7. The Council should consider the legality and implications of Israel’s historic policy of institutionalized discrimination within Israel and the occupied territories and request the International Court of Justice to issue an advisory opinion on the legal consequences of the Israeli occupation. The Council should extend the mandate of the Special Rapporteur on the situation of human rights in the Palestinian territories occupied since 1967 and appoint a special rapporteur or independent expert to examine discriminatory practices affecting Palestinians and other minorities in Israel. It should consider urging Member States to impose economic or diplomatic sanctions on Israel for its breaches of international law and failure to implement United Nations resolutions and should call for the deployment of United Nations forces to protect Palestinian civilians.

8. Ms. SHARFELDDIN (International Organization for the Elimination of All Forms of Racial Discrimination), speaking also on behalf of the Arab Lawyers’ Union, the Union of Arab Jurists and the Organization for Defending Victims of Violence, said that in conflict-settlement, States had a responsibility to abide by the rule of law and act in compliance with General Assembly resolutions. Accordingly, action should be taken to implement General Assembly resolution ES-10/15, entitled “Advisory opinion of the International Court of Justice on the Legal Consequences of the Construction of a Wall in the Occupied Palestinian Territory, including in and around East Jerusalem”, in which the Assembly had acknowledged the Court’s advisory opinion and called for States’ compliance with the legal obligations mentioned therein. States must also pressure Israel into abiding by the advisory opinion, thus restoring peoples’ confidence in the rule of law and the international system.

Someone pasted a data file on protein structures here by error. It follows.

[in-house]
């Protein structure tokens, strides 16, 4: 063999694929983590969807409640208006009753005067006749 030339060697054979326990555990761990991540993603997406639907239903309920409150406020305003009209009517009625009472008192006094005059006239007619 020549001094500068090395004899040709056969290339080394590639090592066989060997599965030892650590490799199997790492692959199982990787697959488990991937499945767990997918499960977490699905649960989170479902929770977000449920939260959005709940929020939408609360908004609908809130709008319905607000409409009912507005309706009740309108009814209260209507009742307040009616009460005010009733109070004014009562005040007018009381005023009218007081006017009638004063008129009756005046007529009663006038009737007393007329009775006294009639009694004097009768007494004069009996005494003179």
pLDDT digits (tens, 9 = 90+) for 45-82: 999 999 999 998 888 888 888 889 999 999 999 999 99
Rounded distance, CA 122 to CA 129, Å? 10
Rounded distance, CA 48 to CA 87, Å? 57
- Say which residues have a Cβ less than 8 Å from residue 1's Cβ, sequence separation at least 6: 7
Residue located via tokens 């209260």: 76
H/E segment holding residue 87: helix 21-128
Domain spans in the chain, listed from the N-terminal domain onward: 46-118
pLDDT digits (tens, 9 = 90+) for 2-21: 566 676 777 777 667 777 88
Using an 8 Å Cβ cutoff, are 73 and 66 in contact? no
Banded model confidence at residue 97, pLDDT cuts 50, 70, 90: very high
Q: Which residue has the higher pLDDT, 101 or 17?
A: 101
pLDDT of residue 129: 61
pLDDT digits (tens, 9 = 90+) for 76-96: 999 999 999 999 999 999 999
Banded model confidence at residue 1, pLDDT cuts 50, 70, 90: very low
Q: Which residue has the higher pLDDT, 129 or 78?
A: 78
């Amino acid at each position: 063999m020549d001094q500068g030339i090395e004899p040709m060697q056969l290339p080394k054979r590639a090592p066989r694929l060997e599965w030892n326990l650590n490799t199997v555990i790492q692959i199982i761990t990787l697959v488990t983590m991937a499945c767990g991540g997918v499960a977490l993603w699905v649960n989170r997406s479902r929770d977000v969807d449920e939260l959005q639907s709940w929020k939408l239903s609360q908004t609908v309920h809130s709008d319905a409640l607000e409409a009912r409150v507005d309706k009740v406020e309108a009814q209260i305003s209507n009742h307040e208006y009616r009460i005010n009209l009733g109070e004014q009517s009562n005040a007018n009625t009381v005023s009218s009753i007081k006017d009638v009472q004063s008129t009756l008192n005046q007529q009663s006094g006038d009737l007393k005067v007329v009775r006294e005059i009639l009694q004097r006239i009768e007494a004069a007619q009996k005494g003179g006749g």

9. Mr. NEUER (UN Watch) reminded the Council that the Commission on Human Rights had been established in the aftermath of the holocaust to reaffirm the principle of human dignity. Sixty years later the Human Rights Council’s only response to reports of torture, persecution and gender-based violence around the world had been to enact a series of resolutions condemning Israel; Hezbollah and Hamas were granted impunity and millions of victims of human rights violations around the world were being ignored.